The aging process has been associated with numerous pathologies at the cellular, tissue, and organ level. Decline or loss of brain functions, including learning and memory, is one of the most devastating and feared aspects of aging. Learning and memory are fundamental processes by which animals adjust to environmental changes, evaluate various sensory signals based on context and experience, and make decisions to generate adaptive behaviors. Age-related memory impairment is an important phenotype of brain aging. Understanding the molecular mechanisms underlying age-related memory impairment is crucial for the development of therapeutic strategies that may eventually lead to the development of drugs to combat memory loss. Studies in invertebrate animal models have taught us much about the physiology of aging and its effects on learning and memory. In this review we survey recent progress relevant to conserved molecular pathways implicated in both aging and memory formation and consolidation.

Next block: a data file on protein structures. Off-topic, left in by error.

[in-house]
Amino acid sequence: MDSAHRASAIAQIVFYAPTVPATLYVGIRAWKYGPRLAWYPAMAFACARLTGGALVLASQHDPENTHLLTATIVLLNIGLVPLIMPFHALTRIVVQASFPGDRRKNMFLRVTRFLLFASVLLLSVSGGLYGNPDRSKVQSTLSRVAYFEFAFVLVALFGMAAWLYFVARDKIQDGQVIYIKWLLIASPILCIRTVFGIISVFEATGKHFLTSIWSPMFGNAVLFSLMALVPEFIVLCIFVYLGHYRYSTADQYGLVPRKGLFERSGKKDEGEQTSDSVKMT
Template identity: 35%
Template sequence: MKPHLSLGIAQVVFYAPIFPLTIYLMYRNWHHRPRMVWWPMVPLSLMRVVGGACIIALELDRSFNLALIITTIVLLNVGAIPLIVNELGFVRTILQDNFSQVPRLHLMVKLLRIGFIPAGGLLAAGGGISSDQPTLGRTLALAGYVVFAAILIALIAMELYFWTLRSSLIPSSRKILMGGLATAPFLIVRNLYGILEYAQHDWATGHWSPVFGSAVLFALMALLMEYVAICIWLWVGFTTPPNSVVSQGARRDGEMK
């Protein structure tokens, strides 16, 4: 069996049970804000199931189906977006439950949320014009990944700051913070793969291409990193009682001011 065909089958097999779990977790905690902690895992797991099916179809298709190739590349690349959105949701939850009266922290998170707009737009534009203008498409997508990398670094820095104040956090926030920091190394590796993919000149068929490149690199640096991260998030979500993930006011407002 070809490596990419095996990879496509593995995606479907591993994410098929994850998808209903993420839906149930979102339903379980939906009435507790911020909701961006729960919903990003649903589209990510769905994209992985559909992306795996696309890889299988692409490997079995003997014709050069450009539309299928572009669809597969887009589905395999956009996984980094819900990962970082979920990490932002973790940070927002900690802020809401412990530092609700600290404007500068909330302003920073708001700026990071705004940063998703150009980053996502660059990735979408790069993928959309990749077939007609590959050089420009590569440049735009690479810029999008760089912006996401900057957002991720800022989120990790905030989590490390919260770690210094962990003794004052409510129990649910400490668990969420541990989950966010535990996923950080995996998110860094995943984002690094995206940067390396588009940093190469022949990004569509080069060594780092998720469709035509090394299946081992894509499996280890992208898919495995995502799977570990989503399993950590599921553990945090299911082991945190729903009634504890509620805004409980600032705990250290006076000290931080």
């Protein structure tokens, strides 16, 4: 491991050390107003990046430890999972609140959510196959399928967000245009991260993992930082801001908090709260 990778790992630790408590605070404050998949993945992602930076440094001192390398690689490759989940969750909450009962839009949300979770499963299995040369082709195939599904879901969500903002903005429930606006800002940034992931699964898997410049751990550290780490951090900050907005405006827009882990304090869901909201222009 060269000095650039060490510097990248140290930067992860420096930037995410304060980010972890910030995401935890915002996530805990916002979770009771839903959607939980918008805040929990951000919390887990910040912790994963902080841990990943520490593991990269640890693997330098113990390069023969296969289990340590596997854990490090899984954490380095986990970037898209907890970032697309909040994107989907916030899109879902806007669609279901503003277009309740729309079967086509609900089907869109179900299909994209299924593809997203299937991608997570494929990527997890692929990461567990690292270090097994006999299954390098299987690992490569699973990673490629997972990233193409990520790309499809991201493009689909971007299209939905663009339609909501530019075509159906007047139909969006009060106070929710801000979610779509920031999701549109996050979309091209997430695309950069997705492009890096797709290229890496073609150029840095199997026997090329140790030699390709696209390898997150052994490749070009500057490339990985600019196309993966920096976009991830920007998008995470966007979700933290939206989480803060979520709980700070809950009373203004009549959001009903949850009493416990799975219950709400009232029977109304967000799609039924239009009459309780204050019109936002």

Alzheimer’s disease; autophagy; dietary restriction; insulin/IGF-1 signaling; learning; mitochondria; neurodegeneration, TOR signaling
Elucidation of the molecular mechanisms regulating lipid storage and metabolism is essential for mitigating excess adiposity and obesity, which has been associated with increased prevalence of severe pathological conditions such as cardiovascular disorders and type II diabetes, worldwide. However, imaging fatty acid distribution and dynamics in vivo, at the cellular or organismal level is challenging. We developed a label-free method for visualizing lipid depositions in vivo, based on third harmonic generation (THG) microscopy. THG imaging requires a single pulsed-laser light source, alleviating the technical challenges of implementing coherent anti-Stokes Raman scattering spectroscopy (CARS) to detect fat stores in living cells. We demonstrate that THG can be used to efficiently and reliably visualize lipid droplets in Caenorhabditis elegans. Thus, THG microscopy offers a versatile alternative to fluorescence and dye-based approaches for lipid biology research.